A Data Science Central Community
The combination of cloud computing and big data is a match made in heaven. Big data requires a flexible compute environment, which can scale quickly and automatically to support massive amounts of data. Infrastructure clouds provide exactly that. But whenever cloud computing is discussed, the question comes up:
When it comes to cloud security in a big data use case, the expectation is that any security solution will provide the same flexibility as the cloud without compromising the overall security of the implementation. When taking your big data to the cloud, the following four tips will enable you to achieve cloud flexibility paired with strict cloud security.
Data encryption creates the “virtual walls” for your cloud infrastructure. Deploying cloud encryption is considered a fundamental first step, but there is no solution with a “one size fits all” approach. Some encryption solutions require on premise gateway encryption, which does not work well in cloud big-data scenarios. Other approaches (for example, data encryption powered by the cloud provider itself) force the end user to trust someone else with the encryption keys, which is both risky and a compliance deal-breaker.
Recent encryption technologies, like split-key encryption, are tailored specifically to the cloud and leverage the best of both worlds by providing an infrastructure cloud solution while keeping the encryption keys safe and in the hands of the customer.
To achieve the best possible encryption for your big data scenario, use split-key encryption.
In big data, each component of the architecture should scale, and the cloud security solution is no different. When selecting a cloud security solution, make sure it is available across all relevant cloud geo-locations. Furthermore, it must scale effectively with your big data infrastructure.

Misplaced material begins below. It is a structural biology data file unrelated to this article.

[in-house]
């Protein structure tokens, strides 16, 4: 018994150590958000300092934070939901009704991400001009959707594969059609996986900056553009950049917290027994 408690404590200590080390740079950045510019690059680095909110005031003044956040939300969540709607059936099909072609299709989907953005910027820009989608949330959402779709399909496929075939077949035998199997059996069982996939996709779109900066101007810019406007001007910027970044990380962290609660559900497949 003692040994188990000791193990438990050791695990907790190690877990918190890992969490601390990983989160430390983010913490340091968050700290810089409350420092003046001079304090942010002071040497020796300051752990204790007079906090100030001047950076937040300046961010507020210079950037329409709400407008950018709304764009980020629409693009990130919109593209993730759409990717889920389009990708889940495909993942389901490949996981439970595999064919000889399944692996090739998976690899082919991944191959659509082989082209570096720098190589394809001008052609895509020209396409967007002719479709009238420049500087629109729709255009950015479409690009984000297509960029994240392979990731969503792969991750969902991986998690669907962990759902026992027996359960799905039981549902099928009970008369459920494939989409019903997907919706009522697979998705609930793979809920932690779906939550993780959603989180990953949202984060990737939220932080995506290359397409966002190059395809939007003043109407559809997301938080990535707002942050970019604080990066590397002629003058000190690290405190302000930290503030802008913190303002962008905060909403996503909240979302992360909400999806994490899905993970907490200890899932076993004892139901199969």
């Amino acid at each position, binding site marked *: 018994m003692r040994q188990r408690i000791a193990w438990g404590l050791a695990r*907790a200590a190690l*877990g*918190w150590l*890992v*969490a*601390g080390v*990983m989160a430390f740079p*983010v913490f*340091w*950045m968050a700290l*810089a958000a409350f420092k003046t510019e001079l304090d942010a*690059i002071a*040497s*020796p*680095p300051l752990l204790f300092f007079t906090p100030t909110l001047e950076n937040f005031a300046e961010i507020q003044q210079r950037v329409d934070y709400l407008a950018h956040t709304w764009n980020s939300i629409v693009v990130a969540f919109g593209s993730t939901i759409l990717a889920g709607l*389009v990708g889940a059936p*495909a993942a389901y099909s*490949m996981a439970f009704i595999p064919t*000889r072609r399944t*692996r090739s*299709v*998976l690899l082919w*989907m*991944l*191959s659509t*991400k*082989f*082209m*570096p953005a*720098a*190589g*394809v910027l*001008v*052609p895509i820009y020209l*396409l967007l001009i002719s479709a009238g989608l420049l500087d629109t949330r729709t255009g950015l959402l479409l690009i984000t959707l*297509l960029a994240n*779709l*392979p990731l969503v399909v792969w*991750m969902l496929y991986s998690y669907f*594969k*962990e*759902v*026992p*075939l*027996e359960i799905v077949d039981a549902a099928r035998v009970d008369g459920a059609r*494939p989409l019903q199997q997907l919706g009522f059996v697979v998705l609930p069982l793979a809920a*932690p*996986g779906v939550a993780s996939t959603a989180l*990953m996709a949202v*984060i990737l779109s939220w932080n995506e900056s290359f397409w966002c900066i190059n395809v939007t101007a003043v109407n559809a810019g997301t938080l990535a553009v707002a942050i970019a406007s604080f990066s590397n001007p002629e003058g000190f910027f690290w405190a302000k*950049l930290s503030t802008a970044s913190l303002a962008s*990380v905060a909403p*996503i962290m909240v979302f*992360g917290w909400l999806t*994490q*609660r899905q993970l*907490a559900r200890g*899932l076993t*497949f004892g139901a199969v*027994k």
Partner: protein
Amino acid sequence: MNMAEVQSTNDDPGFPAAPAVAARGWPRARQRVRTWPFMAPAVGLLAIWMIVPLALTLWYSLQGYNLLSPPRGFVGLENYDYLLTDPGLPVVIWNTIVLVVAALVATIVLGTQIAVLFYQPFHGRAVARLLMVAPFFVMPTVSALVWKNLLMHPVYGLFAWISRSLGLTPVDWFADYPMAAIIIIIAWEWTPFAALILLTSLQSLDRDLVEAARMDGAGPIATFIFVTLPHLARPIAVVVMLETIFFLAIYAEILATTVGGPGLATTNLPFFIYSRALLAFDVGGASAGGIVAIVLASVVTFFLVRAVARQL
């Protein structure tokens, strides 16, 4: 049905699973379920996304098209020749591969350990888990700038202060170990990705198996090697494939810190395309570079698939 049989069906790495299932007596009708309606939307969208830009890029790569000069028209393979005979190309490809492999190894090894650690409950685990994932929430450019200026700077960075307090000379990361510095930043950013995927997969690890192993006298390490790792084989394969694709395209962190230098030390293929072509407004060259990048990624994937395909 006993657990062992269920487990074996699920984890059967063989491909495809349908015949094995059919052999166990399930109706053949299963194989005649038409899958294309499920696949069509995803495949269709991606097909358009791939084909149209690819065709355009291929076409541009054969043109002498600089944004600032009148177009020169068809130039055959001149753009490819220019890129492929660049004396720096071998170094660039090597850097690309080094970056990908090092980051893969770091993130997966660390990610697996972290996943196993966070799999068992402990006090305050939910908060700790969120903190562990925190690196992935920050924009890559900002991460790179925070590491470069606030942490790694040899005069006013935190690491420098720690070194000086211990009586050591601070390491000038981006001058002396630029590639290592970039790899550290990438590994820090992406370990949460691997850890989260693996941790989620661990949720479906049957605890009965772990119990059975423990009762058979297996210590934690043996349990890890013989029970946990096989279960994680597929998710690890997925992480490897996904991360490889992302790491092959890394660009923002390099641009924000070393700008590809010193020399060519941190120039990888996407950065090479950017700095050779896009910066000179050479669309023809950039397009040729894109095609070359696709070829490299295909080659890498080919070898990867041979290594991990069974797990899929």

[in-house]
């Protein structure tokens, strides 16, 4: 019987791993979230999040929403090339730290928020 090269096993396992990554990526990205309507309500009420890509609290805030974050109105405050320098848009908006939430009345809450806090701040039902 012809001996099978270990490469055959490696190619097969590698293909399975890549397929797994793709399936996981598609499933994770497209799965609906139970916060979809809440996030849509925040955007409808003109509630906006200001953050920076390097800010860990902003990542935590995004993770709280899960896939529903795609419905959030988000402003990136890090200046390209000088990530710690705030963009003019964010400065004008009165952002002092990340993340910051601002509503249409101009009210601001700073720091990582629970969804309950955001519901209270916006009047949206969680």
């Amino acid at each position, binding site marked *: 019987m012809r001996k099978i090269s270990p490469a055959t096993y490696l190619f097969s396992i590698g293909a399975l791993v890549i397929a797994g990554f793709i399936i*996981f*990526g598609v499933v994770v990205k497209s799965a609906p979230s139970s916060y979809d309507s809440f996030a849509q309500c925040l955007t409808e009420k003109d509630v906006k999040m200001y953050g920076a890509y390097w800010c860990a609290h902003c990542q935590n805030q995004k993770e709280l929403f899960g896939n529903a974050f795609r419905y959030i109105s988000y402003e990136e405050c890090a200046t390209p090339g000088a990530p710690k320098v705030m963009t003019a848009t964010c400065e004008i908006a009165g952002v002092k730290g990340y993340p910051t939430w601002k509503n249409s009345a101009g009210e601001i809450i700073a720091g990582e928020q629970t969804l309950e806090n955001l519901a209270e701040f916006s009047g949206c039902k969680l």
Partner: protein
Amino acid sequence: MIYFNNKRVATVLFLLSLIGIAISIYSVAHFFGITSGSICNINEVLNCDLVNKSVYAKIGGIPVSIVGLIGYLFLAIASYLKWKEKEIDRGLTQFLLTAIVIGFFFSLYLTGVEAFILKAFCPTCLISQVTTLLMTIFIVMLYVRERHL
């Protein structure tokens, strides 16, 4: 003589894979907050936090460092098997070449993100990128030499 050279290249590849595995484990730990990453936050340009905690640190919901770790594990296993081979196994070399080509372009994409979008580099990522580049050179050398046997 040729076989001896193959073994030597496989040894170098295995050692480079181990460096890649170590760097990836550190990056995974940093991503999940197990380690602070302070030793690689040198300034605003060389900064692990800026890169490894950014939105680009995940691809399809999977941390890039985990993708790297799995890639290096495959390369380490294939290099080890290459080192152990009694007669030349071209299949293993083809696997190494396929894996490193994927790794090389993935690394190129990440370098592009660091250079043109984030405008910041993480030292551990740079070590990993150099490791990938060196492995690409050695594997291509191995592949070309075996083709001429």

On the surface level, this means, of course, that hardware cannot be involved. Hardware Security Modules (HSMs) do not fit the big data use case because of the inability to scale and flex to fit the cloud model.
To achieve the necessary scalability, use a cloud security solution that is designed for the cloud, but achieves security that is comparable to (or better than) hardware-based solutions.
Big data cloud computers are frustrated from the fact that their cloud security architecture does not easily scale (see tip #2). Traditional encryption solutions require an HSM (hardware) element. Needless to say, hardware implementation cannot be automated.
To be able to automate as much of your cloud security as possible, strive for a virtual appliance approach, not a hardware approach. Also, make sure that a usable API (ideally a RESTful API) is available as part of the cloud security offering.
A virtual appliance plus RESTful API will enable the required flexibility and automation needed in a cloud big data use case.
Because cloud security is often complicated, we see “security shortcuts” in big data implementations. Security shortcuts are usually taken to avoid complexity and maintain the big data architecture “unharmed.”
Some customers use freeware encryption tools and keep the encryption key on disk (which is highly insecure and may expose the encrypted data to anyone with access to the virtual disk), while others simply do not encrypt. These shortcuts are certainly not complicated, but, obviously, they are also not secure.
When it comes to big data security, map your data according to its sensitivity and protect it accordingly. In some cases, the consequences are dramatic. Not all big data infrastructure is secure, and one might need to find an alternative, if the data at stake is regulated or sensitive.
Big data can continue to enjoy the scalability, flexibility, and automation offered by cloud computing while maintaining the strictest security standards for the data. Encryption is considered a fundamental first step in protecting cloud (big) data, and new technologies such as split-key encryption and homomorphic key management should be leveraged to protect sensitive data and comply with regulations like HIPAA, PCI, and many others.